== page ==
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Proceedings Paper

The High Voltage Design Of A Space Qualified Detector For Space Telescope
Author(s): John C Fleming; Chathan M Cooke
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Paper Abstract

One of the principal science instruments to be on board the Space Telescope for its first mission will be the Faint Object Spectrograph (FOS). True to its name, this instrument is designed to produce spectrographic measurements data from extremely faint astronomical objects. The photodetector utilized by FOS is a digicon offering a linear array of 512 photon-counting channels. This detector has been frequently described (ref 1,2), but most relevant here is the fact that a digicon is able to achieve photon-counting sensitivity by the utilization of a very high operating voltage, in this case 22,500 volts. No digicon operating at this voltage has yet been used on any long duration space missions. Previously described space applications have been of only short duration aboard sounding rockets (ref 3). The task of packaging such detectors for long duration space use is not to be taken lightly. Indeed, insulation failures at far lower voltages have cut short numerous missions in the early days of space flight, and even today one occasionally hears of a new example. In the present case, the inherent packaging problem posed by the 22.5 kV potential and the space environment is aggravated by the particular requirements of the FOS program and by the extreme sensitivity of the digicon and its attendent preamplifiers and counting circuits which will respond to charge impulses as small as about 5 x 10-16 coulombs. In attacking this problem, one totally false start was made. The errors were exposed by environmental testing and a second design effort was begun. This time the effort began with the fundamentals. A conceptual design phase attempted to select materials which were compatible with each other and with all of the environmental requirements. In parallel a mechanical/structural design effort developed numerous concepts of the encapsulated detector assembly and how it would interface with the rest of the FOS assembly. This effort was supported by computer-aided electric field analysis and mapping which provided identification of trouble spots in the design. Further design iterations sought to alleviate high stresses. Following this conceptual design phase was the development phase which produced detailed engineering drawings and procedures, and validated same through building and testing various non-flight detectors. While the design proved to be satisfactory in terms of insulation, minute surface discharges in view of the photo-cathode were an unacceptable source of noise on the order of 0.01 counts per second per channel. This was cured by an application to the affected surfaces of Cr203 which served to prevent the build-up of static charges. The resulting dark count was about 0.001 count per second per channel at -100C. This value is to be expected for the FOS trialkali photocathode.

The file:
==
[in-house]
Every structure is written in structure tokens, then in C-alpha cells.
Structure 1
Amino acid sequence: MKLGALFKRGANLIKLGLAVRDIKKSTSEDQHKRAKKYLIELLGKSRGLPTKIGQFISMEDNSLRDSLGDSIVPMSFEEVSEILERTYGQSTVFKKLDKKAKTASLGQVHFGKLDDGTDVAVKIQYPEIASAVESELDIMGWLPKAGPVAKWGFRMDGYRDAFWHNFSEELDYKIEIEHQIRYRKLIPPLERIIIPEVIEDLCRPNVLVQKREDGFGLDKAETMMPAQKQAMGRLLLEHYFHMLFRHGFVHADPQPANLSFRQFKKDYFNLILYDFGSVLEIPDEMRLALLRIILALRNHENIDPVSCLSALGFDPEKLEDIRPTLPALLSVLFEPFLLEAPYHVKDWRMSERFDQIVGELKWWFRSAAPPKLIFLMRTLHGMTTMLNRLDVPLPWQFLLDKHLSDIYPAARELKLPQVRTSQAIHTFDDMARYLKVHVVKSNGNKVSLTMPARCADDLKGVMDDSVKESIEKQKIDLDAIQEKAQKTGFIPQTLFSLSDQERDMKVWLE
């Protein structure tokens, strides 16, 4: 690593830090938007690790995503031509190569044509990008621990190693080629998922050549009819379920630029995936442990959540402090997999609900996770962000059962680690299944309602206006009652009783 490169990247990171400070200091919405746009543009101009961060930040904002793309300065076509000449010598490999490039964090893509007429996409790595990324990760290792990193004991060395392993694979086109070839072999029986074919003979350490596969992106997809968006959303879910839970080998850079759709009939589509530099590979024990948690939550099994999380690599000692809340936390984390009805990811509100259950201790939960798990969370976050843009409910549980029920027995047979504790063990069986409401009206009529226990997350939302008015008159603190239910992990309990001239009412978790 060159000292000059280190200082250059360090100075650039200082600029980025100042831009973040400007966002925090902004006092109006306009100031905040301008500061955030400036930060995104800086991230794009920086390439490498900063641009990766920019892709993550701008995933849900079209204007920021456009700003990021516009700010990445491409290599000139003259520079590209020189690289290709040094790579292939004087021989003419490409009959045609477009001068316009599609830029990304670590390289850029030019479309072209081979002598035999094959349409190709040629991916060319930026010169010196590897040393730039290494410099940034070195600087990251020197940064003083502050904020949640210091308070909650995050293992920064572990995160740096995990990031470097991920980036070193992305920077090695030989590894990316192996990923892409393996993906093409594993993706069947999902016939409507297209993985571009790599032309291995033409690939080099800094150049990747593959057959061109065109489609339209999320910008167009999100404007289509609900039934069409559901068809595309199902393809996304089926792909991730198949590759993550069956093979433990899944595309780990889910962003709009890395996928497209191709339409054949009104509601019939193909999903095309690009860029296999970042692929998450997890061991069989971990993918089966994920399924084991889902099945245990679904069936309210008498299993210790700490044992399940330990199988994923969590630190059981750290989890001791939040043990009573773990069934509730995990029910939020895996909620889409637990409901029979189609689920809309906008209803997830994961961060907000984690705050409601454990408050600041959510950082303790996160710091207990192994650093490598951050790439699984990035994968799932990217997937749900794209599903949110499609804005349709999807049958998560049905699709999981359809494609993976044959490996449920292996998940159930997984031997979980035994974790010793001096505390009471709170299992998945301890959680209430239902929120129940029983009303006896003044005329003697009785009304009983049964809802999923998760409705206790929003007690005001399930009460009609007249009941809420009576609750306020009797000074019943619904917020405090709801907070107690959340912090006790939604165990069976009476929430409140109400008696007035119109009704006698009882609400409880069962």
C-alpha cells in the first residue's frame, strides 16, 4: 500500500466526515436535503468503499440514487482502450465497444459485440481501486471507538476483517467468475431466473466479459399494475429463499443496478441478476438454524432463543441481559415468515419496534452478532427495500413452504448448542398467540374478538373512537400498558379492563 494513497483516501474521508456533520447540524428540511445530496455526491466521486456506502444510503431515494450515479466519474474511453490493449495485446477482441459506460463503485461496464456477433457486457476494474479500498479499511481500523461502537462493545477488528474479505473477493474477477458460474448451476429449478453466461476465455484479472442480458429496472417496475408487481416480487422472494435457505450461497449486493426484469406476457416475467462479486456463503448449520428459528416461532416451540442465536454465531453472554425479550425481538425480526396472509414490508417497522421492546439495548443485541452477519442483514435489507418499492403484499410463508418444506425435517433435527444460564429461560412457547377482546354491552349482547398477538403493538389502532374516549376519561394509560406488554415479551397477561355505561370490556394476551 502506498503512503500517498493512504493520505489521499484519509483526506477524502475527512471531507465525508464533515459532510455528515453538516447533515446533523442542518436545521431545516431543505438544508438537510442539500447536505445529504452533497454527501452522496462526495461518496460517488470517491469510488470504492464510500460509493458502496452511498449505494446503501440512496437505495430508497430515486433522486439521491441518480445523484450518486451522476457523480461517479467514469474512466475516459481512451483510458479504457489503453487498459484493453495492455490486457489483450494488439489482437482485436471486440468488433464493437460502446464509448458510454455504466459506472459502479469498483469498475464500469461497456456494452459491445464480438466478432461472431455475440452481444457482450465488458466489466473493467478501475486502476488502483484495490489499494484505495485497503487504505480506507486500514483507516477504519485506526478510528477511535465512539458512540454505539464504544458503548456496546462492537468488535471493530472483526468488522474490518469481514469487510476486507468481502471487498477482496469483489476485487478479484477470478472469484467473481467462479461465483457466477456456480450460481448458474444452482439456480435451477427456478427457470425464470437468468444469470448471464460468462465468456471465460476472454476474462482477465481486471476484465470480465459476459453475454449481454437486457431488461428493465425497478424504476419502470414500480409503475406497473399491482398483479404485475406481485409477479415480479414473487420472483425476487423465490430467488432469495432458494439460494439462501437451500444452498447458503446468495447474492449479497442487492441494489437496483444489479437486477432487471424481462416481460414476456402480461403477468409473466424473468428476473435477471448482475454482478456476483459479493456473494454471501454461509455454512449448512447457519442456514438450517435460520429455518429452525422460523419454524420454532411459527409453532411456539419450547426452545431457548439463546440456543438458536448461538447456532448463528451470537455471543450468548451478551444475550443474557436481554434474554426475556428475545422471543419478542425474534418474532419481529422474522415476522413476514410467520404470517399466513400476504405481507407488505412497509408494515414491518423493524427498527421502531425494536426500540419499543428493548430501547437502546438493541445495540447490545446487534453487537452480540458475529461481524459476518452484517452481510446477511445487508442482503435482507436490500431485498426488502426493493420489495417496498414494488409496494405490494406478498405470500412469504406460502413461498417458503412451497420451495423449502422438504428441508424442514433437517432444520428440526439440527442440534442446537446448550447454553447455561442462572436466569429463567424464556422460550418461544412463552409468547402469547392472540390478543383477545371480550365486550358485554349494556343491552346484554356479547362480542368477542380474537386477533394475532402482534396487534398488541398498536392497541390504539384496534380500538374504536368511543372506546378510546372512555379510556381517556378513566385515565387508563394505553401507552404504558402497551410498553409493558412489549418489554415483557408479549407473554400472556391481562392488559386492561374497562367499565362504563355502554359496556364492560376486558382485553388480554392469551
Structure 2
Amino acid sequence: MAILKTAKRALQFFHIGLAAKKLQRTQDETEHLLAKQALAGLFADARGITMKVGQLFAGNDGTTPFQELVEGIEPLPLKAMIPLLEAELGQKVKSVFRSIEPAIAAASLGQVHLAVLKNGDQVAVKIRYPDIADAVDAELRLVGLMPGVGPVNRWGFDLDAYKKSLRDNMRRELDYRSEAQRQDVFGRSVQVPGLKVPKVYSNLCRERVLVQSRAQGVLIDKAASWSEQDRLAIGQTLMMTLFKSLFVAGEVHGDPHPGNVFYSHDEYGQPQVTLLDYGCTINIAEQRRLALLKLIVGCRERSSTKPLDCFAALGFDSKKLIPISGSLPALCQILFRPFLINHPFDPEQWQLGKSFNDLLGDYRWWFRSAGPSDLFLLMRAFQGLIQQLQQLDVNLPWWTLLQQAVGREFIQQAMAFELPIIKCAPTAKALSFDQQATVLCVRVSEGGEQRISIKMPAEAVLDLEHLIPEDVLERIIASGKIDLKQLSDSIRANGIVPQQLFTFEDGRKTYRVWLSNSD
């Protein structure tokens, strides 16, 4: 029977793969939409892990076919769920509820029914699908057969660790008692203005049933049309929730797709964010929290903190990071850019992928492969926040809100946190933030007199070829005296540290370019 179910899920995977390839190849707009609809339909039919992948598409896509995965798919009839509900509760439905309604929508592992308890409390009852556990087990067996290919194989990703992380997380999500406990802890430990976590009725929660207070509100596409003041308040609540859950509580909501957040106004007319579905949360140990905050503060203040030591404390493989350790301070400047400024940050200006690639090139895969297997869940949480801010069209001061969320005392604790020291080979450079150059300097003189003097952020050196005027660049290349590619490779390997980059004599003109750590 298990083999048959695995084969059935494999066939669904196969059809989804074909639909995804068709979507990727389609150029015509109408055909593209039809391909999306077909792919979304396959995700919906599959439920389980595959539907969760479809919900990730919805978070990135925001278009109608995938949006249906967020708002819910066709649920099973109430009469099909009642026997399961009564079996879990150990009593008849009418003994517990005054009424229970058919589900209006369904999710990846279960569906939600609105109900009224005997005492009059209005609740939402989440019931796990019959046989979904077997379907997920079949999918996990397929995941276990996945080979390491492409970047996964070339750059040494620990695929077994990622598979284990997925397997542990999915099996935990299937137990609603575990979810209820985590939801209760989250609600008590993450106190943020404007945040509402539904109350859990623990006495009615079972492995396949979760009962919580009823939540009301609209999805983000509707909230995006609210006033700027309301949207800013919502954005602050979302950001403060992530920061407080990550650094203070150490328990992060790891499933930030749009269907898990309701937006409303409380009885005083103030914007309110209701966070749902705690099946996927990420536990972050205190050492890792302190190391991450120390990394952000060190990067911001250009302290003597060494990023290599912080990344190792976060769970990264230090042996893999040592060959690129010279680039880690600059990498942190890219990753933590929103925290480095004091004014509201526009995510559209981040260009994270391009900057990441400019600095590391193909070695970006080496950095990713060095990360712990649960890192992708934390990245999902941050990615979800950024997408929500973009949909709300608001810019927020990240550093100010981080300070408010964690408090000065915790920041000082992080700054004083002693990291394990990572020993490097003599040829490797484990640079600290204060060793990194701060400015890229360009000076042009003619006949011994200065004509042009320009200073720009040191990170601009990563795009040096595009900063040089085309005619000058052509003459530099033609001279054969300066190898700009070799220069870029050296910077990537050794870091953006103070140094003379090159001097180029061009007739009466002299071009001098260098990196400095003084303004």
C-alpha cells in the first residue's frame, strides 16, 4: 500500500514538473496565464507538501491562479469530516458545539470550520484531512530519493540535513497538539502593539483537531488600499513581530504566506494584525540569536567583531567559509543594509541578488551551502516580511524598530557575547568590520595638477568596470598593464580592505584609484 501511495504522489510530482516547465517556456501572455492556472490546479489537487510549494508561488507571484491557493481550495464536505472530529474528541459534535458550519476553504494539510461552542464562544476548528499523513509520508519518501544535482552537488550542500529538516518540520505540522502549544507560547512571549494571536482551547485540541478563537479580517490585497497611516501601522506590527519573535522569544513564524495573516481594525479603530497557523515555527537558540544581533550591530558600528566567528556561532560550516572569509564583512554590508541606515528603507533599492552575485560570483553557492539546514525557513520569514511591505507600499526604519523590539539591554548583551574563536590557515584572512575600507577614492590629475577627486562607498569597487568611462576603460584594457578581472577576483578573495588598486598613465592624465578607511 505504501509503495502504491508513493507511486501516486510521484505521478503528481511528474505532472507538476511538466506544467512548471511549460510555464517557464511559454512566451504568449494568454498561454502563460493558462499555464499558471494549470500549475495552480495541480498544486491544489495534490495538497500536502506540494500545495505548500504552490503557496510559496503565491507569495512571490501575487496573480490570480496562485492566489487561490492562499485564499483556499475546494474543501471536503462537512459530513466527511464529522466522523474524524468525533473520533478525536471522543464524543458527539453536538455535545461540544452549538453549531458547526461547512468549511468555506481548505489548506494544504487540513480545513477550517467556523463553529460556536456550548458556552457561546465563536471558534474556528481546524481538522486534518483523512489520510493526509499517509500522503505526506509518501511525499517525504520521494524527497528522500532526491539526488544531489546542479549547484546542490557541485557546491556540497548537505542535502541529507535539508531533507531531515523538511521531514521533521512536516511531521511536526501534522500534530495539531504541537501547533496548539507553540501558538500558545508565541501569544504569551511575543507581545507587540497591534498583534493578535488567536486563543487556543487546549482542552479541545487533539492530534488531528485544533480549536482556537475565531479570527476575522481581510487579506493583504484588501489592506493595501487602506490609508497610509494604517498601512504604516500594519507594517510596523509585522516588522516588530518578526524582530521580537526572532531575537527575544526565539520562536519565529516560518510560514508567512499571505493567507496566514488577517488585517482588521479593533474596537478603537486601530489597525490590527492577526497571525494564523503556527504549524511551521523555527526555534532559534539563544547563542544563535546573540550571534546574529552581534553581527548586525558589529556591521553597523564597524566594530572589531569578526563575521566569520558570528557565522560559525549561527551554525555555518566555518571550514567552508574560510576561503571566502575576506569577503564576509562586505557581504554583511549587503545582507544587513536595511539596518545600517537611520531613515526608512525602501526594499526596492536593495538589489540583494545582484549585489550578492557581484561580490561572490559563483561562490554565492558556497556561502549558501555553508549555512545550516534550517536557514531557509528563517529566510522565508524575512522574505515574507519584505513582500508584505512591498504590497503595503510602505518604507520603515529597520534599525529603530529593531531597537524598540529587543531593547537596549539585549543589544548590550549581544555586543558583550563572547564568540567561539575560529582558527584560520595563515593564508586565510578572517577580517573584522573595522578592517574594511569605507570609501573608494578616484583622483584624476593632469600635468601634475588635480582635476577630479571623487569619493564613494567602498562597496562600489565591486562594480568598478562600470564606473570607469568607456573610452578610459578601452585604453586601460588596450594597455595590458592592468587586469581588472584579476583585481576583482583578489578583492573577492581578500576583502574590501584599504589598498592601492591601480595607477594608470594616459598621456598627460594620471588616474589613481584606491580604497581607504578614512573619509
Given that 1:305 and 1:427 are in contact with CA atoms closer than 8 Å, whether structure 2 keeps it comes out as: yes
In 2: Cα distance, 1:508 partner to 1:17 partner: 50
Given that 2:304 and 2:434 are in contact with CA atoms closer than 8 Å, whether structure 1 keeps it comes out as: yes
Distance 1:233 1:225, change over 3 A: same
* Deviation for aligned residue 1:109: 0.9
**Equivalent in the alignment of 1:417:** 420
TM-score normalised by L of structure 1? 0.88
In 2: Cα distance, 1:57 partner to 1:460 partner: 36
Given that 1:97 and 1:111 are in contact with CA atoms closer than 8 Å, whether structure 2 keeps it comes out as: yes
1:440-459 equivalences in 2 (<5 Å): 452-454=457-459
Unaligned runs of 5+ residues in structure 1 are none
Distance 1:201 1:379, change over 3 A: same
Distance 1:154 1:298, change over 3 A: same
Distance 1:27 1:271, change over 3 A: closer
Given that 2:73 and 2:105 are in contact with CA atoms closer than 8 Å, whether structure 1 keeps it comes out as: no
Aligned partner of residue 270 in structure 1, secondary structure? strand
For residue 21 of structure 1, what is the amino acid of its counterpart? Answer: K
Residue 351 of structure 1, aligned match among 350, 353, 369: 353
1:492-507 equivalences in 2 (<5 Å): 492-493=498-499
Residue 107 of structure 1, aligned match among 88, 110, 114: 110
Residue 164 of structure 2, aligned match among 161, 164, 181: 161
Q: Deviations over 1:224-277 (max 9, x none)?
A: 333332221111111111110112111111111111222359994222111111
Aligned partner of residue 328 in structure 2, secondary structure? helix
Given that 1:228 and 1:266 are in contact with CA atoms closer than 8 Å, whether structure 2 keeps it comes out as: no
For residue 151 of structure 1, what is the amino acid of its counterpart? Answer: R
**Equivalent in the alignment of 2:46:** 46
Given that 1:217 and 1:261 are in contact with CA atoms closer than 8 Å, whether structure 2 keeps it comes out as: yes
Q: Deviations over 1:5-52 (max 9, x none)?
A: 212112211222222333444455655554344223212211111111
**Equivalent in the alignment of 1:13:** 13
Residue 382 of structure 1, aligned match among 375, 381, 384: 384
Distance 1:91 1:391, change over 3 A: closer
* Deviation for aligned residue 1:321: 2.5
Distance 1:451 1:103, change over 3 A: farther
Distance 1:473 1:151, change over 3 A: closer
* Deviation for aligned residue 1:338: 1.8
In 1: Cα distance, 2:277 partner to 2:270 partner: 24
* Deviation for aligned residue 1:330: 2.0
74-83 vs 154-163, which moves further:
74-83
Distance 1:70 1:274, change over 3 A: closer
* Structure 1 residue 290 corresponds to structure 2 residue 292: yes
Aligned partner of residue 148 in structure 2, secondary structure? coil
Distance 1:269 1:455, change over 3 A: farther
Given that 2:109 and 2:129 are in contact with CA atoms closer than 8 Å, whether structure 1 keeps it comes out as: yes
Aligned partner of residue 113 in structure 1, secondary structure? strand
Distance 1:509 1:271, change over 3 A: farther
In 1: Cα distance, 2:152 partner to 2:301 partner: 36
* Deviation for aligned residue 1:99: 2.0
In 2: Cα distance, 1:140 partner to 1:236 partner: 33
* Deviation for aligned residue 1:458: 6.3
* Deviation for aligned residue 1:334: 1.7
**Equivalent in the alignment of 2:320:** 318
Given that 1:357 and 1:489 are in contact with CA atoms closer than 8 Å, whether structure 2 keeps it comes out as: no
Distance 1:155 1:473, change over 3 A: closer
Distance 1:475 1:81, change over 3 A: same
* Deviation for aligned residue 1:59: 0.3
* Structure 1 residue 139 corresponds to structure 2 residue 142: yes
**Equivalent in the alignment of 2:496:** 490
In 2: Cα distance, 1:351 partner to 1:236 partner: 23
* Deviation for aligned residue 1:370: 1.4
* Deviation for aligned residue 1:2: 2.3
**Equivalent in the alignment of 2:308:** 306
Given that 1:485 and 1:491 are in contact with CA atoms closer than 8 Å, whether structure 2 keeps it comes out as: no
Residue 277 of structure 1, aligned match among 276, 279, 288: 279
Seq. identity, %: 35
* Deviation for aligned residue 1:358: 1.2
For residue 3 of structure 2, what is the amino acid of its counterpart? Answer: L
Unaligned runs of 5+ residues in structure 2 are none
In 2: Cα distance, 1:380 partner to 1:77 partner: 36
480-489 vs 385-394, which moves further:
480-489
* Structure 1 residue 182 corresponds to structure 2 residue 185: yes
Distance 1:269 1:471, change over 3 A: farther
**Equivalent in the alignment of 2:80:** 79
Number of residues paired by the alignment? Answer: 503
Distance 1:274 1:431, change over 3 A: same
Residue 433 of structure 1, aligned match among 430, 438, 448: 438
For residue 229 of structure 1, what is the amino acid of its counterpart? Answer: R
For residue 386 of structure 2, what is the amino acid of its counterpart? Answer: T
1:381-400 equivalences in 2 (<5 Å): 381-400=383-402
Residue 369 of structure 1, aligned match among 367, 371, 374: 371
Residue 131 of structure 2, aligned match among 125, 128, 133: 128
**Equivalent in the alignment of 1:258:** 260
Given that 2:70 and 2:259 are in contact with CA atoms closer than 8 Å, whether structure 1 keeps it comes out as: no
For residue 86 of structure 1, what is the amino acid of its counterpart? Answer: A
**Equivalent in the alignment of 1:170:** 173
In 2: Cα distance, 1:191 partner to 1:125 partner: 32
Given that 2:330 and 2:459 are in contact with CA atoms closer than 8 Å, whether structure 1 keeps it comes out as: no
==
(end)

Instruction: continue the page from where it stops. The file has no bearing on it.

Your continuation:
Paper Details

Date Published: 9 January 1984
PDF: 10 pages
Proc. SPIE 0445, Instrumentation in Astronomy V, (9 January 1984); doi: 10.1117/12.966176
Show Author Affiliations
John C Fleming, Martin Marietta Corporation (United States)
Chathan M Cooke, Massachusetts Institute of Technology (United States)


Published in SPIE Proceedings Vol. 0445:
Instrumentation in Astronomy V
Alec Boksenberg; David L. Crawford, Editor(s)

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